George Washington National Forest

The George Washington National Forest (GW) in western Virginia has been a favorite destination for generations of outdoor enthusiasts, from hikers and campers to hunters and fishermen. These public lands are also a haven for wildlife such as black bear, songbirds, native brook trout and many other species, and are the source of clean drinking water and economic benefit for dozens of communities.

The U.S. Forest Service is in the process of revising the long-term forest management plan for the GW.  Among other decisions, the plan will decide whether to make GW lands available for federal oil and gas leasing and drilling. 

The GW is about 1,065,000 acres in size, including about 960,000 acres in Virginia and about 105,000 acres in West Virginia.  The prior forest plan, adopted in 1993, made almost all of the GW (1,011,000 acres or about 95%) available for oil and gas leasing.  However, only about 12,000 acres (about 1%) of the forest currently are subject to federal oil and gas leases.  On the GW, the federal government owns about 84% of subsurface mineral rights (about 890,400 acres).  Only about 16% (about 170,400 acres) of the mineral rights to the GW are held by private parties, and those private mineral rights would not be affected by the revised forest plan’s decisions regarding the availability of federal mineral rights for leasing.

Although there never have been producing natural gas wells on the GW, the GW lies on the southeastern edge of the Marcellus Shale, which in other states in recent years has been heavily drilled using hydraulic fracturing (fracking).  About half of the GW is underlain by the Marcellus Shale, so citizens and conservation groups have raised serious concerns about the potential impacts of opening up the GW to shale gas drilling and fracking.  

In response, the Forest Service proposed, in the draft revised GW plan released in 2011, to prohibit horizontal drilling on any future federal oil and gas leases on the GW.  This is intended to prevent or limit high-volume hydraulic fracturing and would help protect rivers and streams that are direct sources of local drinking water for more than 260,000 people living in and around Virginia’s historic Shenandoah Valley.  Further, the GW is located in the watersheds of the Potomac and James Rivers, which supply drinking water to millions of citizens in Washington, D.C. and Richmond, Virginia, among other cities.  It would also protect other key national forest resources, such as important fish and wildlife habitat and outstanding recreation experiences for the more than 1 million people who visit the GW each year.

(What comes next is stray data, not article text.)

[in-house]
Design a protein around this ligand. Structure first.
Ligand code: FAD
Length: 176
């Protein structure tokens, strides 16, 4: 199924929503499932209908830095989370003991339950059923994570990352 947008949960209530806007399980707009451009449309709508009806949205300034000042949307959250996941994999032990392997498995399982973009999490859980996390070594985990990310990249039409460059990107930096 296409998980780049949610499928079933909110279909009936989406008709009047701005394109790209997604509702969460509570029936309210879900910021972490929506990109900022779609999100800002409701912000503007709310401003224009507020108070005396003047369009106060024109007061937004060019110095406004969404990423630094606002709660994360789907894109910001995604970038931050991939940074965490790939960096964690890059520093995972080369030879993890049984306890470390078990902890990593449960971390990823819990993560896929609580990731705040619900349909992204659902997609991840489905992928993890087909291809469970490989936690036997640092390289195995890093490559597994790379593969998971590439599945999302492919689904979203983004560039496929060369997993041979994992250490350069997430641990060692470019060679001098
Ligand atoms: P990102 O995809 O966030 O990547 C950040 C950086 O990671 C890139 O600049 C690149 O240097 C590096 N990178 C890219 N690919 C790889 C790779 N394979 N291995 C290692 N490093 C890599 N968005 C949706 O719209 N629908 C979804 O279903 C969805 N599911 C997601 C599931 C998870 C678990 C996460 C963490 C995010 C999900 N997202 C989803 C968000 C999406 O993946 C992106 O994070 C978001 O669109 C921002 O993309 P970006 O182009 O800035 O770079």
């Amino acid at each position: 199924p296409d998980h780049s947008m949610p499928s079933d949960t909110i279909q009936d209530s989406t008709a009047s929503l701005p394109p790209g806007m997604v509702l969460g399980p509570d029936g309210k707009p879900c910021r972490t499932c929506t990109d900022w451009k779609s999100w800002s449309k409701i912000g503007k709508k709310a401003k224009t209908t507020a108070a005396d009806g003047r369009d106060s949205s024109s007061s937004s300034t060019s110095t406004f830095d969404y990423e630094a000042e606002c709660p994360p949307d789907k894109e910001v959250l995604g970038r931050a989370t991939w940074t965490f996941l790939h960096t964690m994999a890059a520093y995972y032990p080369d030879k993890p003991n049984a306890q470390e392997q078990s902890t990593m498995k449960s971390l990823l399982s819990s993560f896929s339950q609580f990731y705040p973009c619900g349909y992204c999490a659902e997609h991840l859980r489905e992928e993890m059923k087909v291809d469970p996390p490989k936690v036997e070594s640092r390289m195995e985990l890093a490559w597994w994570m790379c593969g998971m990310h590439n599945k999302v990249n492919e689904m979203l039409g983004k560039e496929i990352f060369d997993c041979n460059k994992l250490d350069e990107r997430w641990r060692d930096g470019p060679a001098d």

Of the approximately 53,000 comments submitted during the comment period on the draft plan, more than 95% supported the proposed restrictions on horizontal drilling, while less than 3% opposed them.  Consistent with this broad public support, 10 local governments in or around the GW and two public drinking water suppliers also submitted comments expressing concerns over fracking and supporting limits on fracking.  Unlike other regions with a history of oil or gas drilling or other extractive industries, there is very little history of oil and gas development in the Shenandoah Valley region. Therefore, most local leaders do not view gas drilling as a component of local economic growth and some have concerns about the impact of fracking on traditional economic sectors like agriculture and tourism, which are very important in this region.

Unfortunately, the Forest Service has said that it is reconsidering the proposal to prohibit horizontal drilling.  A final revised plan is expected to be released this year (2013).  Citizens are encouraged to write to the Secretary of Agriculture, who oversees the Forest Service, to urge the agency to stand by its original proposal to prohibit horizontal drilling on the GW and to improve that proposal in key respects regarding vertical drilling (click here to comment).

Under the draft plan’s proposal, about 93% of the GW would still be available for federal leasing for vertical drilling.  Given that about 90% of U.S. gas wells are fracked, such vertical drilling would, in all likelihood, also involve hydraulic fracturing and would pose risks to ground- and surface- water quality, fragment wildlife habitat, and disrupt recreation. The Forest Service should more thoroughly study, with full public participation, the potential impacts of vertical gas drilling on the GW before deciding to open the GW up to such drilling.  At a minimum, local drinking water supply watersheds, priority watersheds, and other sensitive natural, scenic and recreation areas should be unavailable to drilling.